It’s time to remove the obstacles that are blocking the considerable potential of open data generated by Europe’s museums, libraries and archives, says Harry Verwayen.
The EU recently held its first Digital Agenda Assembly to monitor progress on Europe 2020, its strategy for a flourishing digital economy. The assembly recognised the economic contribution that reusing data created by the public sector for commercial purposes could provide, citing a 2006 study that estimated that the reuse of public sector information had the potential to generate some €27bn in turnover.
At Europeana, the EC-funded digital library, museum and archive, we believe the cultural heritage sector can make an important contribution by providing data sets for new digital applications. We’re developing business models to show heritage institutions the advantages of releasing their data under an open licence to realise real social and economic benefits.
Institutions such as libraries, museums and archives create large amounts of authoritative, descriptive data about their digitised books and works of art. This data can be used by developers to create innovative resources in, for example, tourism and education.
Reusing data in new apps has the potential to generate new businesses and jobs, providing greater value from material held in public collections and giving consumers engaging new ways to access and interact with it.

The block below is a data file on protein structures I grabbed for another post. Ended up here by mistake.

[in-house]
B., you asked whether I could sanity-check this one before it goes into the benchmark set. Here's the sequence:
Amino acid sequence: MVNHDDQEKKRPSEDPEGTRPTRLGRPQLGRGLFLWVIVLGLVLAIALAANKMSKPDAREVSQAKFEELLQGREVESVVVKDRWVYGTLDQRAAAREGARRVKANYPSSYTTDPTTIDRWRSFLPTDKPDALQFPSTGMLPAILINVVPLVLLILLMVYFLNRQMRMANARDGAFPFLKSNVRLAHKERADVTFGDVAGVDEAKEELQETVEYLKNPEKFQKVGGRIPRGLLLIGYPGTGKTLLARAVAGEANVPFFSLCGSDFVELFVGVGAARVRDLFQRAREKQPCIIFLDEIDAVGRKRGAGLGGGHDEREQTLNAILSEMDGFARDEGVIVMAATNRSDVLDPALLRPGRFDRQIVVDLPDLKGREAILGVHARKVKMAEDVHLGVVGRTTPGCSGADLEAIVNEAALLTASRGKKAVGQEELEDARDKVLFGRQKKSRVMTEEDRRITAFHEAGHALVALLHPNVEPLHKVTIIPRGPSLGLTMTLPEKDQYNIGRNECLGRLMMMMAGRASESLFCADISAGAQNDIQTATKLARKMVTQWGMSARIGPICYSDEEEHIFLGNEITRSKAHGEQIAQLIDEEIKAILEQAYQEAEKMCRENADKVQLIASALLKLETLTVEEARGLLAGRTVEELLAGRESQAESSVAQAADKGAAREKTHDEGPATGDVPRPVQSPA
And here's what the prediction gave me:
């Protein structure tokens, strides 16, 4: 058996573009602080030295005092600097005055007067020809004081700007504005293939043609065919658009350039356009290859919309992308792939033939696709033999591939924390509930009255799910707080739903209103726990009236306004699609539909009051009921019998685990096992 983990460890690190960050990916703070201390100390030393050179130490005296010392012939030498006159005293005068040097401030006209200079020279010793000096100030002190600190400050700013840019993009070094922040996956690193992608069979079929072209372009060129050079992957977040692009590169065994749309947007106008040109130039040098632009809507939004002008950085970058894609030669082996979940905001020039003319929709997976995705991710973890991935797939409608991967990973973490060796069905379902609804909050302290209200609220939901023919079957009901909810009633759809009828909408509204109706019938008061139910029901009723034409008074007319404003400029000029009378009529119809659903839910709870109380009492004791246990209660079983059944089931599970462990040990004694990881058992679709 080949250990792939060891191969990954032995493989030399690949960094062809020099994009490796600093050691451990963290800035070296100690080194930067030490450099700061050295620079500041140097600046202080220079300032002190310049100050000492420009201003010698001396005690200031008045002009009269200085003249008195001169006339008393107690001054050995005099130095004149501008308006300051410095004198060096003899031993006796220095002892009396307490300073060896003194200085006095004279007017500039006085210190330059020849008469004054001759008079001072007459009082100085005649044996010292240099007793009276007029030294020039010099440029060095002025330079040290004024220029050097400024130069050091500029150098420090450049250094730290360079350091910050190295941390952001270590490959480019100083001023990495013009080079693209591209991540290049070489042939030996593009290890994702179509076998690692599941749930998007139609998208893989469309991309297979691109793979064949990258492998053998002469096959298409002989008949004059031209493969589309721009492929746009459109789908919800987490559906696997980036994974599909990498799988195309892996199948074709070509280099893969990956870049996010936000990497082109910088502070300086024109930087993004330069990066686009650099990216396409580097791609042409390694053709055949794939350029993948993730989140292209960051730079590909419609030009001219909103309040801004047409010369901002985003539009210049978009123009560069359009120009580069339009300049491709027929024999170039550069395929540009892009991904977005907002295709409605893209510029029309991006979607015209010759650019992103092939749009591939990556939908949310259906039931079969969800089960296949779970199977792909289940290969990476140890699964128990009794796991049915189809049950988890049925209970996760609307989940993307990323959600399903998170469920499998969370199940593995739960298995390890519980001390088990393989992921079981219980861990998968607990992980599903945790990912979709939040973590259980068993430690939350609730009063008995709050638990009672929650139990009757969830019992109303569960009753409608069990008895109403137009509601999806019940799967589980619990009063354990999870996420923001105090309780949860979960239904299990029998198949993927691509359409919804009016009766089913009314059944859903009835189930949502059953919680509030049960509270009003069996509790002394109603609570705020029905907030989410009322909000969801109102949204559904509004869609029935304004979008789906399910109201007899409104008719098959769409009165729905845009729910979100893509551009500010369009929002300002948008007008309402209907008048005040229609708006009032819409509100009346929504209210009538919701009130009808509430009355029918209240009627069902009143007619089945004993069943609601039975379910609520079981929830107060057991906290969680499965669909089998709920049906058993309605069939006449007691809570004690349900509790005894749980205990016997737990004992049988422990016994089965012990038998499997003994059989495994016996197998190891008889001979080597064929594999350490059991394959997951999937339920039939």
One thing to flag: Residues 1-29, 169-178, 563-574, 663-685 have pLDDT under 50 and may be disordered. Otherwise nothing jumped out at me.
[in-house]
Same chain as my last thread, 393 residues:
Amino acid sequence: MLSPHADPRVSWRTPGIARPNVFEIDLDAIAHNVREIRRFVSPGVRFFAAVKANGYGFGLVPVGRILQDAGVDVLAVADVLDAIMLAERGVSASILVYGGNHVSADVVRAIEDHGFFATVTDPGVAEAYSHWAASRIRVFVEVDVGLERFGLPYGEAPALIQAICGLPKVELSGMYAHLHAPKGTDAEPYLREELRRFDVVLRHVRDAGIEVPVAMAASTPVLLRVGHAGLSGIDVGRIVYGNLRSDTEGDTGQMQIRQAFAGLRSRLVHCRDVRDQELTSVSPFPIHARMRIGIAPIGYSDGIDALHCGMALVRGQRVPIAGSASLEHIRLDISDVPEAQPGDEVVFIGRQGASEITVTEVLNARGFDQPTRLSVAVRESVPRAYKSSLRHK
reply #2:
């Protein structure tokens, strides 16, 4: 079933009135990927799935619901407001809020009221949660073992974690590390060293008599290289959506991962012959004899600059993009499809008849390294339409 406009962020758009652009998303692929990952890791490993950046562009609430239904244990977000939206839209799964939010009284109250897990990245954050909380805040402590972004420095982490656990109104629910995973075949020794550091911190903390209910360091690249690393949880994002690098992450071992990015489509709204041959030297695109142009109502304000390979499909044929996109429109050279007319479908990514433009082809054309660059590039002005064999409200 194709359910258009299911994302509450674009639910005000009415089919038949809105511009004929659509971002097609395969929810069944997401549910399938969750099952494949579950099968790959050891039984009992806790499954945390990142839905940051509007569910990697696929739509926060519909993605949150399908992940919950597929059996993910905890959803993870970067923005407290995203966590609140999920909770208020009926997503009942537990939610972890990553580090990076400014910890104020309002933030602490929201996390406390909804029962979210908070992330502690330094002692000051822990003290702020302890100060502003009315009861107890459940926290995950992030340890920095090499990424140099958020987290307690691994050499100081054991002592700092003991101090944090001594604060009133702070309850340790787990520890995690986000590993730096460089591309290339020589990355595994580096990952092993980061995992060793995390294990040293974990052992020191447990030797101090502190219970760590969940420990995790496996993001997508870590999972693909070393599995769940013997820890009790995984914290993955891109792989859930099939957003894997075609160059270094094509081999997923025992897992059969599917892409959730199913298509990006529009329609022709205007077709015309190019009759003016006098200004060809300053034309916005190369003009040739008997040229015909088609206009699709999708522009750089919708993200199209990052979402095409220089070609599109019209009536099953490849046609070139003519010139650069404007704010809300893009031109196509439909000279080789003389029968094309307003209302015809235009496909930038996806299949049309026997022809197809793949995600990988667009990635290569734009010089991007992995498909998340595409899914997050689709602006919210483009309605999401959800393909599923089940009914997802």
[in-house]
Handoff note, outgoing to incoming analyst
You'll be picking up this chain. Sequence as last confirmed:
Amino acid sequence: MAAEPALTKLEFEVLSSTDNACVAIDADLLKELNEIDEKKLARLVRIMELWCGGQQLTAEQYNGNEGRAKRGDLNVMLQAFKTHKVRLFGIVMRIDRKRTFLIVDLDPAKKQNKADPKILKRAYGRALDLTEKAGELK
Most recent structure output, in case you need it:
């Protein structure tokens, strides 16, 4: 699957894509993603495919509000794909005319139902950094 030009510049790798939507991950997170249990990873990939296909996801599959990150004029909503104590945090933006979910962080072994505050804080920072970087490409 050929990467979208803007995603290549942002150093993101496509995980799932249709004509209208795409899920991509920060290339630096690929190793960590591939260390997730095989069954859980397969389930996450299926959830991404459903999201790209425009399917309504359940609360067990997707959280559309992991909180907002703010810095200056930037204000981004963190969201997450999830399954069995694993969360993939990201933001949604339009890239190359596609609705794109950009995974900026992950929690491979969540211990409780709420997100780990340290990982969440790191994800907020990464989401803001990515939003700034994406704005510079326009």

However, as the principal aggregator of data about Europe’s digitised cultural assets, Europeana can currently only make its data set available for non-commercial purposes.
While some cultural heritage institutions can see the long-term social and economic benefit of releasing data under an open licence, others are reluctant to cede complete control in the short term. They are concerned about who profits from what, in an online environment in which commercial, not-for-profit and non-commercial boundaries are increasingly permeable.
By restricting the licensing of their data, institutions believe they can control the contexts it appears in and how it can be used. They may also consider that, in the long term, opportunities may come along in which they can develop ways of commercialising the data themselves.
Although these considerations are understandable, there is a serious risk of being sidelined as application innovations gather momentum, and developers focus on more openly licensed data sets. Worse, if cultural heritage institutions don’t expose their data in the ways that the digital natives want to use it, they risk becoming irrelevant to the next generation.
Right now, Europe’s cultural institutions are nearing the tipping point. The great majority are recognising that…
…open data gives them a strong strategic advantage, and is the way the full value of the cultural legacy that is held in the public realm can be realised. And they are not alone in seeing the potential of reusing cultural data for commercial purposes.
In a 2010 green paper, Unlocking the Potential of Cultural and Creative Industries, the EC itself committed to increasing the capacity to experiment with cultural assets to promote a powerful creative economy. This commitment shows that policy makers too are starting to recognise the power of cultural open data to the knowledge economy.
This recognition entails a shift in policy makers’ thinking about the responsibilities of cultural institutions in the new digital era. Opening up data should be seen again as an important part of the raison d’